Chamber groups highlight the beauty of small music 

Long before orchestras were common, individuals and small groups of performers played chamber music in homes and castles. As presented in recitals, duets, trios, quartets or in other modest-size groupings, chamber music remains a widespread genre.

The Bay Area is especially rich in such events. A significant number of them are moderately priced and many are free.

Here is a sampling of a few exceptional offerings this month:


Student concert


Philharmonia Baroque Orchestra presents its second free student concert of the season Jan. 21. It will feature 15-year-old Hilda Huang on harpsichord, the youngest soloist the group has presented.

Still a San Francisco Conservatory of Music student, Huang also is an aspiring conductor, having appeared in that capacity with the San Francisco Chamber Orchestra. And she is scheduled to lead the San Francisco Bach Choir and Baroque Orchestra.

In concert, Huang will perform the Bach Concerto for Harpsichord in D Major. The program features commentary by musicians about their instruments and excerpts of Telemann’s “Alster Overture,” which musically depicts a German lake. Sounds of frogs, swans and crows will be demonstrated. [1 p.m. Jan. 21. Free. Herbst Theatre, 401 Van Ness Ave., S.F., (415) 252-1288, www.philharmonia.org]


Naumburg winner


San Francisco Performances presents the winner of the prestigious Naumburg Awards. This year, it is pianist Soyeon Lee. At 31, the Korean-born artist has won numerous awards and played recitals in important venues. The program will be announced at the concert, but Lee’s repertory favors Ravel, Albeniz, Prokofiev and Scarlatti. [5 p.m. Sunday. $25. Herbst Theatre, 401 Van Ness Ave., S.F., (415) 398-6449, www.performances.org]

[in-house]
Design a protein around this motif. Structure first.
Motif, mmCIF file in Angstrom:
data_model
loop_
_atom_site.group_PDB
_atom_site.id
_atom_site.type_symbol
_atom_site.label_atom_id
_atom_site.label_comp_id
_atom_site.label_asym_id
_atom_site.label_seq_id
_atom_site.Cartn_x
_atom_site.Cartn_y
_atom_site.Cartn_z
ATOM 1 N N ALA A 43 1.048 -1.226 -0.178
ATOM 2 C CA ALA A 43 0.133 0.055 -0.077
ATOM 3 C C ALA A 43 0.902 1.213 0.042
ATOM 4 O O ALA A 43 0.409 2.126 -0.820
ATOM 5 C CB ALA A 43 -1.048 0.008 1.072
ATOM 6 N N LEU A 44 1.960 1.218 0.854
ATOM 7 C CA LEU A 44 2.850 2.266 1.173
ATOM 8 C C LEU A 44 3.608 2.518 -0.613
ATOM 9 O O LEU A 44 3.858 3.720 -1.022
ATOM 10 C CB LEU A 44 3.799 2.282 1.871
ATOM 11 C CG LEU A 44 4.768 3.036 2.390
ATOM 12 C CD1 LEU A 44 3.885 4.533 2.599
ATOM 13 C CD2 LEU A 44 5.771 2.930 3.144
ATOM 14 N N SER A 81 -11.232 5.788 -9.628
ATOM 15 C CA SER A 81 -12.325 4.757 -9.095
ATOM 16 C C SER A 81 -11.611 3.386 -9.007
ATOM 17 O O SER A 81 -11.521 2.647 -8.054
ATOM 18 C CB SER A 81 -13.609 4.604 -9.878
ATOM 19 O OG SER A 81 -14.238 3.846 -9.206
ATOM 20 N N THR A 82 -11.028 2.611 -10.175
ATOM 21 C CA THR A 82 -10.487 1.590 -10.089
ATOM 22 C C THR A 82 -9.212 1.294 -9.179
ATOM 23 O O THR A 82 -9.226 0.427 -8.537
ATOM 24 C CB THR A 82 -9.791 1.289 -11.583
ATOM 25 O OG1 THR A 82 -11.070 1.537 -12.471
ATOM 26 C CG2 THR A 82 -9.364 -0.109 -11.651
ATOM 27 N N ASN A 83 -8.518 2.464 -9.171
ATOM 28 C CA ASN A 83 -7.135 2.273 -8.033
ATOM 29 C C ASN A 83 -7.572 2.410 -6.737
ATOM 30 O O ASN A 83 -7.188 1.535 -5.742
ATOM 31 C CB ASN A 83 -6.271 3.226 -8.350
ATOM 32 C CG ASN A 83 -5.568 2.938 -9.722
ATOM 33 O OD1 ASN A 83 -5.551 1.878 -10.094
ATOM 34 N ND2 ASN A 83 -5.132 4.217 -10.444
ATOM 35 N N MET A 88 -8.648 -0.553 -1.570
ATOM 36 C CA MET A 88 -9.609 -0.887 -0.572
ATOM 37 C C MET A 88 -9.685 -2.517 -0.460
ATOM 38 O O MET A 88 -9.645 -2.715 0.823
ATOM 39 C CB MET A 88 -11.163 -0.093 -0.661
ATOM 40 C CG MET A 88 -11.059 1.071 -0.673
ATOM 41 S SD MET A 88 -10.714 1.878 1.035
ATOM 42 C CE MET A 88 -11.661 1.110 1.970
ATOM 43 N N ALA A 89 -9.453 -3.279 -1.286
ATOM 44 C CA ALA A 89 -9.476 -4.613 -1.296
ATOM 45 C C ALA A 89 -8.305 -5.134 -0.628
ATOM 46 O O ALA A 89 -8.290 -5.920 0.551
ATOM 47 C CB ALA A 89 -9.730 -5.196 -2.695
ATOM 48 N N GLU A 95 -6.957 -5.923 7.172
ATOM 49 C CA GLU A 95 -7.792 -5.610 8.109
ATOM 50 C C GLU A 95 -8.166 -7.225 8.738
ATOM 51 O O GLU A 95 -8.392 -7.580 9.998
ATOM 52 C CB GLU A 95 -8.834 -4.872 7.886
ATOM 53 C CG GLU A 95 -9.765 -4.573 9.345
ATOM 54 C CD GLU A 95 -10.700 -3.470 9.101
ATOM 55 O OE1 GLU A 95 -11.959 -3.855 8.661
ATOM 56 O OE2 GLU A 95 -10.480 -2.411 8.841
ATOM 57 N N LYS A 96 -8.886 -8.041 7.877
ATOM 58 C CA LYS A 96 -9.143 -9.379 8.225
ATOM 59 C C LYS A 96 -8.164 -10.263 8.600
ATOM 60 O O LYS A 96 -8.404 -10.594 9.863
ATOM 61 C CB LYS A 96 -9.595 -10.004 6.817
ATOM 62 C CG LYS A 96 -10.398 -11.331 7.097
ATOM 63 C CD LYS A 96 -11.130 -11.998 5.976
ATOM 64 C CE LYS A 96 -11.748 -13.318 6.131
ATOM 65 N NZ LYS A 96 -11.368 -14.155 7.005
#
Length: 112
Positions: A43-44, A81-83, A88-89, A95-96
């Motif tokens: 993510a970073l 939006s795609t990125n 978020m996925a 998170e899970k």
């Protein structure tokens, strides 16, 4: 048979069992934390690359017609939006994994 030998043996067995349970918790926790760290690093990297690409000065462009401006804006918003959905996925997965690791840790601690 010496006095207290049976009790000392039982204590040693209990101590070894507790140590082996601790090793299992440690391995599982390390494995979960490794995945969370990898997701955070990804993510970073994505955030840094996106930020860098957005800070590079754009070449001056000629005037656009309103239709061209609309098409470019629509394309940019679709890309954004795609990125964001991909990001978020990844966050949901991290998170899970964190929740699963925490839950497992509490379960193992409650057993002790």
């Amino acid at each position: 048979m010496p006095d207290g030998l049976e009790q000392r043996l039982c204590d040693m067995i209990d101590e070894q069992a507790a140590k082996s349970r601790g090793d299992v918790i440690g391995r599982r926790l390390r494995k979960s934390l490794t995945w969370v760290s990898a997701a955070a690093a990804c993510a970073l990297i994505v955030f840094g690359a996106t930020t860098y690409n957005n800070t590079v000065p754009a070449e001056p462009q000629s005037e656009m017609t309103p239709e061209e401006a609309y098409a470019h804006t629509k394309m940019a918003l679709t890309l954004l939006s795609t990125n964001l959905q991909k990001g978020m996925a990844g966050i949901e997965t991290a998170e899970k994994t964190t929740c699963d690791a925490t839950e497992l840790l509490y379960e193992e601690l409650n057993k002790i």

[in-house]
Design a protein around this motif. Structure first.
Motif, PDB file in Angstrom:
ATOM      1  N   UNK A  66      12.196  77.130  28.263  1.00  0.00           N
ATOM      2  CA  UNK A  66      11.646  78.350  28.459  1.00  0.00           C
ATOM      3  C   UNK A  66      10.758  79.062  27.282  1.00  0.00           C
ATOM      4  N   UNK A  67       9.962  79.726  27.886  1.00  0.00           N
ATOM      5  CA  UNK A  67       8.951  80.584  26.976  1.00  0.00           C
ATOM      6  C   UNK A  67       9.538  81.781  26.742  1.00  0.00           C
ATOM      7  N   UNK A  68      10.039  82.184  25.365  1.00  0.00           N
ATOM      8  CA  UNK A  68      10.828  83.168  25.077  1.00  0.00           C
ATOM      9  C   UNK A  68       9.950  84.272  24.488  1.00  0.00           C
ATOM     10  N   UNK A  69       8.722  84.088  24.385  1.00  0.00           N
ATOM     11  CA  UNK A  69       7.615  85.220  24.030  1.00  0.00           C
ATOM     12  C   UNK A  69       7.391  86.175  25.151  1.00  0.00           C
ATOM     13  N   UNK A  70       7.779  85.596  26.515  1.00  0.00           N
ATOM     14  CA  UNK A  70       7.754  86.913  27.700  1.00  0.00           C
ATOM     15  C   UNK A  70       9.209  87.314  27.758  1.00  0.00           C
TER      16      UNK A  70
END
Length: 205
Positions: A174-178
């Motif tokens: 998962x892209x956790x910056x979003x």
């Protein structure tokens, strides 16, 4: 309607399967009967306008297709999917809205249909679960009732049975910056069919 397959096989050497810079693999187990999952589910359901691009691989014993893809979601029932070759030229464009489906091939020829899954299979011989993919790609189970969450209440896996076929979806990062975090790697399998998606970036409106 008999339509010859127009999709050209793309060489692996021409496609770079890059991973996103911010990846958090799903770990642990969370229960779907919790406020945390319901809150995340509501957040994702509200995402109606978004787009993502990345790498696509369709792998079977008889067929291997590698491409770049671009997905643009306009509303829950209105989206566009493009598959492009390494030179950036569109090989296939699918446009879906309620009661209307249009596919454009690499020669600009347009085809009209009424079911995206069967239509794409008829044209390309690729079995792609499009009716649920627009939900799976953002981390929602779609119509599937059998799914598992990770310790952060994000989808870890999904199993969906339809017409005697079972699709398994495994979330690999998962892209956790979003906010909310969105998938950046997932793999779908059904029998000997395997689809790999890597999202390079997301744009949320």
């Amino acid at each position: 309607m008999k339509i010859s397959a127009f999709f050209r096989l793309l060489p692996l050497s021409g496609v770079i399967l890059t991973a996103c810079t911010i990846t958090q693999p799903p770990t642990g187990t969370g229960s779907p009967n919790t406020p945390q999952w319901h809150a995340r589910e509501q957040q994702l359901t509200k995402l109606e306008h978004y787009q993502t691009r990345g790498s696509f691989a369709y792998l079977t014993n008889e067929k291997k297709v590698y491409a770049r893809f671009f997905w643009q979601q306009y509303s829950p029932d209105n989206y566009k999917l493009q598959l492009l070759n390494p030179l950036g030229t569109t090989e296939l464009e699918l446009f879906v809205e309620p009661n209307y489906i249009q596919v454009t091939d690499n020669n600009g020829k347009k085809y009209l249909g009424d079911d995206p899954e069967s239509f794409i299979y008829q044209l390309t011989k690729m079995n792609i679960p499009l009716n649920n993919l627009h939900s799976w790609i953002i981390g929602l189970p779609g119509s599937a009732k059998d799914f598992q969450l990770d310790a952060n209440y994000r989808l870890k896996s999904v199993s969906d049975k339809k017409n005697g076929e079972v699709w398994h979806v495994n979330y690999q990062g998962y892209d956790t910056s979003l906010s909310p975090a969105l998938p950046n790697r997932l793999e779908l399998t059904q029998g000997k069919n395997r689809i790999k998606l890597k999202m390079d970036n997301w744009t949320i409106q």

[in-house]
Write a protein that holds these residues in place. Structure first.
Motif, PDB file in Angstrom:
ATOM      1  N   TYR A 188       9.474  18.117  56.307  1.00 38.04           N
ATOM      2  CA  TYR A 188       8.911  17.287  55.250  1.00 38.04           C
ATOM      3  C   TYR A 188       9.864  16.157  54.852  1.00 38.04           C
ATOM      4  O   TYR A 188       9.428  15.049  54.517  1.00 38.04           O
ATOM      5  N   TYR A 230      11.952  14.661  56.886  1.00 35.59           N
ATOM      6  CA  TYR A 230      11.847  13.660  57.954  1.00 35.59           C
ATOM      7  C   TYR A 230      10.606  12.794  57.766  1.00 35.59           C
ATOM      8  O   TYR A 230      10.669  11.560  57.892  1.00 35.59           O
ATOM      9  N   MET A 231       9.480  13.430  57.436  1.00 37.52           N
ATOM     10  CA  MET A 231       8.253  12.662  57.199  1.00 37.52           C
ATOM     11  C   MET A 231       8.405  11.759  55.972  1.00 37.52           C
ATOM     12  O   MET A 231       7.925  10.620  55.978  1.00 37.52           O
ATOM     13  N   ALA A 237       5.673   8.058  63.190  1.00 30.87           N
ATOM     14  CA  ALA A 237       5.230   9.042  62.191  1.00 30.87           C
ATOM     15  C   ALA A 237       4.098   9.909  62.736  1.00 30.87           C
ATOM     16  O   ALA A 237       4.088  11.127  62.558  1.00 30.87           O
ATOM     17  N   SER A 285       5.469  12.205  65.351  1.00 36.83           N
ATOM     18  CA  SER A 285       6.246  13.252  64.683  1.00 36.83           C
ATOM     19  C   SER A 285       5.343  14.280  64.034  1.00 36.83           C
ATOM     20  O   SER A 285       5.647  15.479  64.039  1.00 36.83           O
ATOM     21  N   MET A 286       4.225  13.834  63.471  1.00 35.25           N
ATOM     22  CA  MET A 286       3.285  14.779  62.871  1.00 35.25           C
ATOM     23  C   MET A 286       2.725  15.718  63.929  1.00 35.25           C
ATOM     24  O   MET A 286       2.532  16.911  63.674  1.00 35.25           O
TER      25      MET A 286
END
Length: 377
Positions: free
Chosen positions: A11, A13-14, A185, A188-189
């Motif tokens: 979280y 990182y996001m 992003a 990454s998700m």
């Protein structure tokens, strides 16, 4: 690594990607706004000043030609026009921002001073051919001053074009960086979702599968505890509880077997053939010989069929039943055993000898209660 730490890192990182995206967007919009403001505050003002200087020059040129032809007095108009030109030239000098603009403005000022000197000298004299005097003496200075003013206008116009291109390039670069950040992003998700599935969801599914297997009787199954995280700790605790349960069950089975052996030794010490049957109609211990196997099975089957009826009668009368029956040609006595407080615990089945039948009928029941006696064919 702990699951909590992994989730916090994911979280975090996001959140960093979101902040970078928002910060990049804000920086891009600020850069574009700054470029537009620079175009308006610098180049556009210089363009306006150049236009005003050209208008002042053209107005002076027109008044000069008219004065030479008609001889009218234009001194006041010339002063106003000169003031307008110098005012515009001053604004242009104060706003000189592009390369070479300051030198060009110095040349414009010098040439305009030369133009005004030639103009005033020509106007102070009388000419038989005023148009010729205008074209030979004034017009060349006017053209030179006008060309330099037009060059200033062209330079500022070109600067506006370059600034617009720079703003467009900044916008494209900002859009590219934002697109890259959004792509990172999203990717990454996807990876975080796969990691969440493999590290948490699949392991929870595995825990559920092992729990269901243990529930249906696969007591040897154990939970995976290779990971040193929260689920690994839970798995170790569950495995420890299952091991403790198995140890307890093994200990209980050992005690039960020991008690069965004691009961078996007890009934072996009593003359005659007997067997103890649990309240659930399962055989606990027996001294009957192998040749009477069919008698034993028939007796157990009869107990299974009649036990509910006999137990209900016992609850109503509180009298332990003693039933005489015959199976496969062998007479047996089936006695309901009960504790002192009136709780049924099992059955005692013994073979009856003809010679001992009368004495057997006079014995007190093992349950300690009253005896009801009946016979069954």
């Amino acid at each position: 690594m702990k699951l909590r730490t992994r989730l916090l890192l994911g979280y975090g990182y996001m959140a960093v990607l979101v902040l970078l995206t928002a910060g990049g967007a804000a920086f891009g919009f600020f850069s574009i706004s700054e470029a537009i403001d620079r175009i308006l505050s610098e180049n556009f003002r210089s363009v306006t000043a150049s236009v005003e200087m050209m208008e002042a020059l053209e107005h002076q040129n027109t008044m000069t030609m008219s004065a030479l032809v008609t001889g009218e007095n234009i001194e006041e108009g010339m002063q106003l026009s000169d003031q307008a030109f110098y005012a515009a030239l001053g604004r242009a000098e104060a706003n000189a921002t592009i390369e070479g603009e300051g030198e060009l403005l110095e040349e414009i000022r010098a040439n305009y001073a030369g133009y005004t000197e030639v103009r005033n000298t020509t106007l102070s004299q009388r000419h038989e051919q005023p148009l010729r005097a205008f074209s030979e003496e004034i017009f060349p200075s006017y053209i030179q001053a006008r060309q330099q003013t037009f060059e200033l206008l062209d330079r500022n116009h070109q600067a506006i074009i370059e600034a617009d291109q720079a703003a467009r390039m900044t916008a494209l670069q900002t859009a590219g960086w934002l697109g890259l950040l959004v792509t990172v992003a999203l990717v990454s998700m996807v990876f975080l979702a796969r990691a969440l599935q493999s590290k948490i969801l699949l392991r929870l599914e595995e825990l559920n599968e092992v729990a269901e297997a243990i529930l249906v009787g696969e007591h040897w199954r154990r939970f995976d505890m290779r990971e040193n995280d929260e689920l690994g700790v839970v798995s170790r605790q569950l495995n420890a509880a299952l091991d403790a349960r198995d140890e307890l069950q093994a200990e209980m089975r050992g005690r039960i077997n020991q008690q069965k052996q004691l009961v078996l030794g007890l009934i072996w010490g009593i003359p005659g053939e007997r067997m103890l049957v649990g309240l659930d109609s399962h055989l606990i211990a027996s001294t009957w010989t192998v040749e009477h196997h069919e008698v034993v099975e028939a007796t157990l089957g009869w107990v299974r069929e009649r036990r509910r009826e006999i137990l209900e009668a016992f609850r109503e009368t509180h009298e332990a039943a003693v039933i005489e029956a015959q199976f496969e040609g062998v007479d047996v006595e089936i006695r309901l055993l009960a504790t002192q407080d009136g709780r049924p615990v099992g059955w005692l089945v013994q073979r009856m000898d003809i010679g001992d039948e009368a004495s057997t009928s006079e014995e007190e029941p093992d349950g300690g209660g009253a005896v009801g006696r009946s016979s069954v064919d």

More baroque


Philharmonia Baroque Orchestra, led by Nicholas McGegan, has a new chamber music series beginning this month, with programs staged in the Conservatory of Music’s 400-seat concert hall.

“So much of the wonderful music composed in the baroque and classical periods was written for chamber groups,” McGegan says, “and the Philharmonia Baroque experience has also always been about creating an intimate musical experience for our audience and musicians.”

The January concert “Viva Vivaldi!” features violinists Cynthia Miller Freivogel and Carla Moore, cellist William Skeen, David Tayler on archlute and Baroque guitar, and Hanneke van Proosdij playing recorder and harpsichord. [2 p.m. Jan. 23. $25-$30. Conservatory of Music, 50 Oak St., S.F., (415) 252-1288, www.cityboxoffice.com]


New Century, new tour


Before the New Century Chamber Orchestra leaves on tour through California and the Midwest, the musicians play a kickoff gala Jan. 29, and offer an open rehearsal two days before.

The program features orchestral arrangements of Wolf’s “Italian Serenade” and Piazzolla’s “The Four Seasons of Buenos Aires,” along with Bartók’s “Romanian Folk Dances” and Tchaikovsky’s Serenade for Strings in C Major. [10 a.m. Jan. 27; 8 p.m. Jan. 29. $8-$49. Herbst Theatre, 401 Van Ness Ave., S.F., (415) 392-4400, www.ncco.org]

About The Author

Janos Gereben

Janos Gereben

Bio:
Janos Gereben is a writer and columnist for SF Classical Voice; he has worked as writer and editor with the NY Herald-Tribune, TIME Inc., UPI, Honolulu Star-Bulletin, San Jose Mercury News, Post Newspaper Group, and wrote documentation for various technology companies.
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